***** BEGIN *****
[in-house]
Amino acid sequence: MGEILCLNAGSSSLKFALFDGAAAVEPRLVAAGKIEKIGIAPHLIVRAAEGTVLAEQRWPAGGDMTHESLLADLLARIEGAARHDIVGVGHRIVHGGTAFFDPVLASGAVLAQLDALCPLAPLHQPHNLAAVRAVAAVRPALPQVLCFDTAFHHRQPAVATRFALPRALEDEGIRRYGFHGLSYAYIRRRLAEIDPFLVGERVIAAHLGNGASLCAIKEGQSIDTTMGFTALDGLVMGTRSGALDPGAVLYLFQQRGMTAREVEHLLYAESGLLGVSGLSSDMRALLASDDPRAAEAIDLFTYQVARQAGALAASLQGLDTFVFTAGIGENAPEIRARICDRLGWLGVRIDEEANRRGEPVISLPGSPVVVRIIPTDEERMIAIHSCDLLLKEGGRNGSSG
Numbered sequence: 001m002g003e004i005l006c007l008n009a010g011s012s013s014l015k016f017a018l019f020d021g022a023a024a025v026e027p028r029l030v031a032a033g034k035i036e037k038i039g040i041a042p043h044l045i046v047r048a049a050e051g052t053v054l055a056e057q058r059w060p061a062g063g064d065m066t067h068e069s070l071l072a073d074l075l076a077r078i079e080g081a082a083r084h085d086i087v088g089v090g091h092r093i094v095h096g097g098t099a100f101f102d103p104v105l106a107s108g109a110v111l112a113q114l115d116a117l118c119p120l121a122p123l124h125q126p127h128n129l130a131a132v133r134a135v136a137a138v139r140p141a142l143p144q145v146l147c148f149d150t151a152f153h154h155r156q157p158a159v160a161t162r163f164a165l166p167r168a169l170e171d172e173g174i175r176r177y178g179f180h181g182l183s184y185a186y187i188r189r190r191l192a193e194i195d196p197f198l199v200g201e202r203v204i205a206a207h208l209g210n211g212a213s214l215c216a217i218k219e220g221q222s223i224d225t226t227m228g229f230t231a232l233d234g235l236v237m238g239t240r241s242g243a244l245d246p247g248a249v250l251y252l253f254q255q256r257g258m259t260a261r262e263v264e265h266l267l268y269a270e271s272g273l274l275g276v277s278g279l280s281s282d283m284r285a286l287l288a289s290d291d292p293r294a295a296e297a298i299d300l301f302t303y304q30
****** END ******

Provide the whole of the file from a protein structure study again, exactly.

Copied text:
[in-house]
Amino acid sequence: MGEILCLNAGSSSLKFALFDGAAAVEPRLVAAGKIEKIGIAPHLIVRAAEGTVLAEQRWPAGGDMTHESLLADLLARIEGAARHDIVGVGHRIVHGGTAFFDPVLASGAVLAQLDALCPLAPLHQPHNLAAVRAVAAVRPALPQVLCFDTAFHHRQPAVATRFALPRALEDEGIRRYGFHGLSYAYIRRRLAEIDPFLVGERVIAAHLGNGASLCAIKEGQSIDTTMGFTALDGLVMGTRSGALDPGAVLYLFQQRGMTAREVEHLLYAESGLLGVSGLSSDMRALLASDDPRAAEAIDLFTYQVARQAGALAASLQGLDTFVFTAGIGENAPEIRARICDRLGWLGVRIDEEANRRGEPVISLPGSPVVVRIIPTDEERMIAIHSCDLLLKEGGRNGSSG
Numbered sequence: 001m002g003e004i005l006c007l008n009a010g011s012s013s014l015k016f017a018l019f020d021g022a023a024a025v026e027p028r029l030v031a032a033g034k035i036e037k038i039g040i041a042p043h044l045i046v047r048a049a050e051g052t053v054l055a056e057q058r059w060p061a062g063g064d065m066t067h068e069s070l071l072a073d074l075l076a077r078i079e080g081a082a083r084h085d086i087v088g089v090g091h092r093i094v095h096g097g098t099a100f101f102d103p104v105l106a107s108g109a110v111l112a113q114l115d116a117l118c119p120l121a122p123l124h125q126p127h128n129l130a131a132v133r134a135v136a137a138v139r140p141a142l143p144q145v146l147c148f149d150t151a152f153h154h155r156q157p158a159v160a161t162r163f164a165l166p167r168a169l170e171d172e173g174i175r176r177y178g179f180h181g182l183s184y185a186y187i188r189r190r191l192a193e194i195d196p197f198l199v200g201e202r203v204i205a206a207h208l209g210n211g212a213s214l215c216a217i218k219e220g221q222s223i224d225t226t227m228g229f230t231a232l233d234g235l236v237m238g239t240r241s242g243a244l245d246p247g248a249v250l251y252l253f254q255q256r257g258m259t260a261r262e263v264e265h266l267l268y269a270e271s272g273l274l275g276v277s278g279l280s281s282d283m284r285a286l287l288a289s290d291d292p293r294a295a296e297a298i299d300l301f302t303y304q30